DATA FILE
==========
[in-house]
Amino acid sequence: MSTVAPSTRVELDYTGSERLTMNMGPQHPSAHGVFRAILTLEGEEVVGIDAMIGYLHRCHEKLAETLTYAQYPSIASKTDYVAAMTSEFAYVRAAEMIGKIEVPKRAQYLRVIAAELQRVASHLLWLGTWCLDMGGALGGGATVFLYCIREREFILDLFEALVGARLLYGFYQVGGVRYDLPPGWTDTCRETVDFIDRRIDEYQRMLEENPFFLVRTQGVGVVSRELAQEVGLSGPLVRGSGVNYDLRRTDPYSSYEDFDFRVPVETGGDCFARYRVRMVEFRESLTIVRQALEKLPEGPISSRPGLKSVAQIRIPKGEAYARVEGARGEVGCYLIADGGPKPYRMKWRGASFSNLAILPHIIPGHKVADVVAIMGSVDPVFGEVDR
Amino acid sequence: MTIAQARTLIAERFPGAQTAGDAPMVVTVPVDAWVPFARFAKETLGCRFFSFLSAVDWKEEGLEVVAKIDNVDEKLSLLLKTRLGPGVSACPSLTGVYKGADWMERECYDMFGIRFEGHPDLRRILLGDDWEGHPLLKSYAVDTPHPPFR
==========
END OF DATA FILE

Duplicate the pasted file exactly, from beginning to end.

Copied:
[in-house]
Amino acid sequence: MSTVAPSTRVELDYTGSERLTMNMGPQHPSAHGVFRAILTLEGEEVVGIDAMIGYLHRCHEKLAETLTYAQYPSIASKTDYVAAMTSEFAYVRAAEMIGKIEVPKRAQYLRVIAAELQRVASHLLWLGTWCLDMGGALGGGATVFLYCIREREFILDLFEALVGARLLYGFYQVGGVRYDLPPGWTDTCRETVDFIDRRIDEYQRMLEENPFFLVRTQGVGVVSRELAQEVGLSGPLVRGSGVNYDLRRTDPYSSYEDFDFRVPVETGGDCFARYRVRMVEFRESLTIVRQALEKLPEGPISSRPGLKSVAQIRIPKGEAYARVEGARGEVGCYLIADGGPKPYRMKWRGASFSNLAILPHIIPGHKVADVVAIMGSVDPVFGEVDR
Amino acid sequence: MTIAQARTLIAERFPGAQTAGDAPMVVTVPVDAWVPFARFAKETLGCRFFSFLSAVDWKEEGLEVVAKIDNVDEKLSLLLKTRLGPGVSACPSLTGVYKGADWMERECYDMFGIRFEGHPDLRRILLGDDWEGHPLLKSYAVDTPHPPFR